Who cares about how to grow blackberries?
When we can have a wonderful day out in the countryside picking them for free there does not seem much point in growing them in the garden!
Nevertheless people do just that. Here's why - and how to do it.
Blackberries, as everyone knows, are extremely invasive. They send out massive spiny shoots in spring and summer and positively gobble up available space. Cultivated blackberry plants are no different, except that there are thornless varieties, such as Oregon Thornless, available which make controlling them a little less hazardous.
What sets cultivars apart from the common kinds you find in almost any piece of neglected ground is their harvesting times and their size. Cultivated blackberries can be quite huge - far bigger than most wild ones.
They can also be available rather earlier than most wild blackberries.
And of course, in the centres of most towns you won't find too many bramble patches!
So that's why people grow them.
If you have room in your garden or allotment and you want a challenge, grow some cultivated blackberries.
How to grow blackberries: first a brief round-up of the nutritional benefits of organic blackberries.
Blackberries are a fantastic nutritional resource.
As well as being rich in vitamin C, they contain useful amounts of vitamin E and stacks of phytonutrients such as the anthocyanins which have beneficial anti-cancer properties and which combat ageing. They are also quite a good source of calcium and the soluble fibre they contain helps reduce our cholesterol.
Blackberries contain tannins which have a protective role in keeping tissues taut and helps control bleeding. They can help relieve piles, for example.
There are also phytoestrogens (plant oestrogens) in blackberries which are thought to protect women against cervical and breast cancers.
Quite a health package!
Now here's how to grow blackberries at home for a superb organic crop of fine fruit.
They need free-draining soil, preferably in full sun. They perform best kept in tidy rows. Keep on top of the sprouting and suckering that goes on mainly in spring but which could render your plot invisible in a season or two if left unchecked!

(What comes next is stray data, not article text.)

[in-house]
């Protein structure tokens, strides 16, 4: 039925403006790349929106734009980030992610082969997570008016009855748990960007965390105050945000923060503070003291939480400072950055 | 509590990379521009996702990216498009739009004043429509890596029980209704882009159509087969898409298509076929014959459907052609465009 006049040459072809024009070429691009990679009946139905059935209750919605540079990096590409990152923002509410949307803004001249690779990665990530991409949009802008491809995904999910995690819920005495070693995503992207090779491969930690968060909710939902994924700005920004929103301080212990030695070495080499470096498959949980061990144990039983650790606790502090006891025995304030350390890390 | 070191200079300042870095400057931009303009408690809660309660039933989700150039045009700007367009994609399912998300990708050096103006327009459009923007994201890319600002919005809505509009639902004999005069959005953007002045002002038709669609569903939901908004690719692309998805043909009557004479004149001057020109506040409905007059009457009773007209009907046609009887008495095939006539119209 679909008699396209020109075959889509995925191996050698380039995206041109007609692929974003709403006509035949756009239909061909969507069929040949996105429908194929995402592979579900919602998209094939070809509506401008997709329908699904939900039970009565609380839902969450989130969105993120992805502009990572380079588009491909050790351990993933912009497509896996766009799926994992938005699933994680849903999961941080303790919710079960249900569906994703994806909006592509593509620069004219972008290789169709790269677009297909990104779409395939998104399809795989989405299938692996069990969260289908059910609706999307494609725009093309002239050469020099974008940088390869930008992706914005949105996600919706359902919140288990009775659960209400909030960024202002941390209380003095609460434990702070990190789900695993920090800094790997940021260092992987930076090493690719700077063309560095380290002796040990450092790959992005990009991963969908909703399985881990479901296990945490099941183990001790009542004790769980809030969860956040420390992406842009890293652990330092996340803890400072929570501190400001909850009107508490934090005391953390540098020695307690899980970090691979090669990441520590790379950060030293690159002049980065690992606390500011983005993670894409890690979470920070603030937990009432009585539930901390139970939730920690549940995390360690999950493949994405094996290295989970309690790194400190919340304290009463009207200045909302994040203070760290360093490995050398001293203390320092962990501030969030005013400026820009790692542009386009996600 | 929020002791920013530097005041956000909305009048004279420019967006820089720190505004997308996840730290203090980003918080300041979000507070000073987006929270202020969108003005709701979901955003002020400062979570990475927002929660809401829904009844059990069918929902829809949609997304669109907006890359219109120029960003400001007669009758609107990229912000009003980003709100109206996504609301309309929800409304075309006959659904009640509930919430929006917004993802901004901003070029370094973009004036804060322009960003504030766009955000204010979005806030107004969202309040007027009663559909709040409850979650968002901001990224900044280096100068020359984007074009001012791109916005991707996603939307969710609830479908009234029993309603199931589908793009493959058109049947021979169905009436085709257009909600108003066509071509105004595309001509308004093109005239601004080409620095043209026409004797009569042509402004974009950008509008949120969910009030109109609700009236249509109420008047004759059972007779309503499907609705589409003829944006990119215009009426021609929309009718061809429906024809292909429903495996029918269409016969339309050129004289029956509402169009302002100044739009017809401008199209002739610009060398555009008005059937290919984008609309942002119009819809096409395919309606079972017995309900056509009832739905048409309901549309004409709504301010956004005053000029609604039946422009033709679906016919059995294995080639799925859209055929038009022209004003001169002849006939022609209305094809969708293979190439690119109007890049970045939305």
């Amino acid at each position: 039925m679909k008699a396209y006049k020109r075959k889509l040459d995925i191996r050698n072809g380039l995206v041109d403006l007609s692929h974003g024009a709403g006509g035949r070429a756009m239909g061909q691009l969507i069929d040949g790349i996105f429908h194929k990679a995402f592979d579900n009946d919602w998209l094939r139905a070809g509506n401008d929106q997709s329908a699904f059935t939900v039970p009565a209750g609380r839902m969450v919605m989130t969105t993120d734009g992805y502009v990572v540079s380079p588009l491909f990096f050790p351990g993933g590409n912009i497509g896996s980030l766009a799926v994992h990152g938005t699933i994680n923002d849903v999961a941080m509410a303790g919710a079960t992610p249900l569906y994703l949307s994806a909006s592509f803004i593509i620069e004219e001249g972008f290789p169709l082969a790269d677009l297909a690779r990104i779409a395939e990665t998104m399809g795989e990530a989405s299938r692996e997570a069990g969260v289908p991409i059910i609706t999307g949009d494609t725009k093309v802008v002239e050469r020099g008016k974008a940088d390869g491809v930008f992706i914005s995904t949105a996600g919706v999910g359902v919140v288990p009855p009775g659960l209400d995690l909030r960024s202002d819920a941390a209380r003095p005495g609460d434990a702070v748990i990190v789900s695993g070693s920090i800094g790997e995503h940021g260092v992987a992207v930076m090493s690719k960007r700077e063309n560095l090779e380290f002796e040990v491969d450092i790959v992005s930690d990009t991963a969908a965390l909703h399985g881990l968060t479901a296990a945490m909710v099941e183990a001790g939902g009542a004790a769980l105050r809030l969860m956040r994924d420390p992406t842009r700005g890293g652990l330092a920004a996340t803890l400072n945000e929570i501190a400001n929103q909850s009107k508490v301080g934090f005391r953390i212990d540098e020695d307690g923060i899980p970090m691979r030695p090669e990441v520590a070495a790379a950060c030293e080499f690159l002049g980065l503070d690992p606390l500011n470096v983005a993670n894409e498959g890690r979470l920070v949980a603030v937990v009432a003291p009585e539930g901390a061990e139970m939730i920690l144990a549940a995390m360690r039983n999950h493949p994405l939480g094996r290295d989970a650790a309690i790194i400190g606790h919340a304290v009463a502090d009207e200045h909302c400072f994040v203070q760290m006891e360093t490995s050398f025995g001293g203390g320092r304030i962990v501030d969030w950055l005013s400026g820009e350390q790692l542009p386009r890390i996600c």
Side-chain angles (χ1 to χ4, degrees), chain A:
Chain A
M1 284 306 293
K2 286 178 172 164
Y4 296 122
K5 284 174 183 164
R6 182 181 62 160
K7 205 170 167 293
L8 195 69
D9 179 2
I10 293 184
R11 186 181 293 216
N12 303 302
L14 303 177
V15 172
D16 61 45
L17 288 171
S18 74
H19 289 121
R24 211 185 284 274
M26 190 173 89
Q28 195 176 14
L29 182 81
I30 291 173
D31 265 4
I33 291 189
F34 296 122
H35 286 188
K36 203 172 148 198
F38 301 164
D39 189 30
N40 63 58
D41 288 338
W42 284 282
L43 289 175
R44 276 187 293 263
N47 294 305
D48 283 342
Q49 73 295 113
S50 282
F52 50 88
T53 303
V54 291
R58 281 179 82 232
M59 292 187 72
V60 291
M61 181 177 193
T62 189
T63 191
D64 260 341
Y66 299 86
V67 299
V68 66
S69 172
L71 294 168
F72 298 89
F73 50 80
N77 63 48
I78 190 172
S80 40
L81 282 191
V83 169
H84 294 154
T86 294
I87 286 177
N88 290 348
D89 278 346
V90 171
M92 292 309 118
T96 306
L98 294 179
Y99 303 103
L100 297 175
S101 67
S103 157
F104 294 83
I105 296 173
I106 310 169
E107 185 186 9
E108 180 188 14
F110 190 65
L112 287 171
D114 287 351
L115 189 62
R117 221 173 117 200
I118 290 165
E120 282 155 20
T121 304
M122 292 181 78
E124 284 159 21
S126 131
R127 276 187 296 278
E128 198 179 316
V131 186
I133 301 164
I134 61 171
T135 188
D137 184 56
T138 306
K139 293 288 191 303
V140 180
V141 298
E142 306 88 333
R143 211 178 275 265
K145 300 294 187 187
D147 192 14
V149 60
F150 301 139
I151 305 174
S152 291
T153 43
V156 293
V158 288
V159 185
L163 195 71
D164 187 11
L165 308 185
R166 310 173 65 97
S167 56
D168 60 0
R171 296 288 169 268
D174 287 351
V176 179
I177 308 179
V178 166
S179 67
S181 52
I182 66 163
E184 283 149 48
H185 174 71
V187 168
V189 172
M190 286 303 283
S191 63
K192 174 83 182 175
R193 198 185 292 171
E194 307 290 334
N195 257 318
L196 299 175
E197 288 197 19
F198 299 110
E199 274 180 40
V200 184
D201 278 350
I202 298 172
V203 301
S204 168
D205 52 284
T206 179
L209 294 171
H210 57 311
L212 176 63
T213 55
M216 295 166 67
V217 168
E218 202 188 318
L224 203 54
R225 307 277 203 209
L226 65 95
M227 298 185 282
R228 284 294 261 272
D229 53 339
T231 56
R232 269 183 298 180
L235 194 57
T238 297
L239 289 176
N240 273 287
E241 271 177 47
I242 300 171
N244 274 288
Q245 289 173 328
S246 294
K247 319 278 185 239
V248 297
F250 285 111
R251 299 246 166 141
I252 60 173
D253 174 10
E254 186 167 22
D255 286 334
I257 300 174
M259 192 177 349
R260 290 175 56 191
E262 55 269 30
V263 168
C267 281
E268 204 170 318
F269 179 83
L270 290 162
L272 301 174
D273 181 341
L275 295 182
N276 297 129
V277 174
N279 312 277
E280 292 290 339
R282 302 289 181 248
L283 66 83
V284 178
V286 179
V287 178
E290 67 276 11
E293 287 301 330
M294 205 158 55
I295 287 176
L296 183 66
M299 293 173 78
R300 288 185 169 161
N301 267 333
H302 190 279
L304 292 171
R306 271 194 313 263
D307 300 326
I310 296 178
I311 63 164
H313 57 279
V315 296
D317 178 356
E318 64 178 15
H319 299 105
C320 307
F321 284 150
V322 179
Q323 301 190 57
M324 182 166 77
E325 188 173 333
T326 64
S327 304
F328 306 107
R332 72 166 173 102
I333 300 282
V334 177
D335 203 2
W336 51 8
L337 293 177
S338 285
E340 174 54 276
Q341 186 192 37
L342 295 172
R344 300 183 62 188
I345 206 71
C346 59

Tie them in to supports and give them a dressing of organic mulch and then all you need do is harvest the bountiful crop, come June or July.
As noted, blackberries will sucker quite freely so it is easy to take a root cutting - or just pull up unwanted suckers from a friend's garden. You can of course buy plants from garden centres and on-line.
Put them in rows, in fertile well-tilled soil and prefer a mildly acid soil (pH 6-6.5) but they are quite accommodating and will even grow in quite chalky soil.
Rows are best kept a good 10 feet (3 metres) apart.
Plants need to be spaced at least two feet apart (30cm) and tied to wires strung between vertical posts. See How to Grow Raspberries for details of how to make suitable posts and wires.
You can send the runners along the wires horizontally, or you can go for a fan-shaped spread from the central plant.
Cut new vertical shoots to about a metre high in summer before fruiting to encourage sideways shoots. After shoots have fruited they can be cut back and the new shoots can be given more space; they will fruit next year. The fruit comes on the second year's growth so be careful not to prune too heavily.
Blackberries can sometimes suffer from mildew. If your growing area is damp or poorly ventilated watch out for this disease. Downy mildew causes rust-like discolouration and can affect the quality of fruit.
Good garden hygiene helps to make infection less likely but if the temperature and air conditions are right it is hard to stop mildew occurring. Plants grown in poly tunnels are less susceptible than plants grown in the open.
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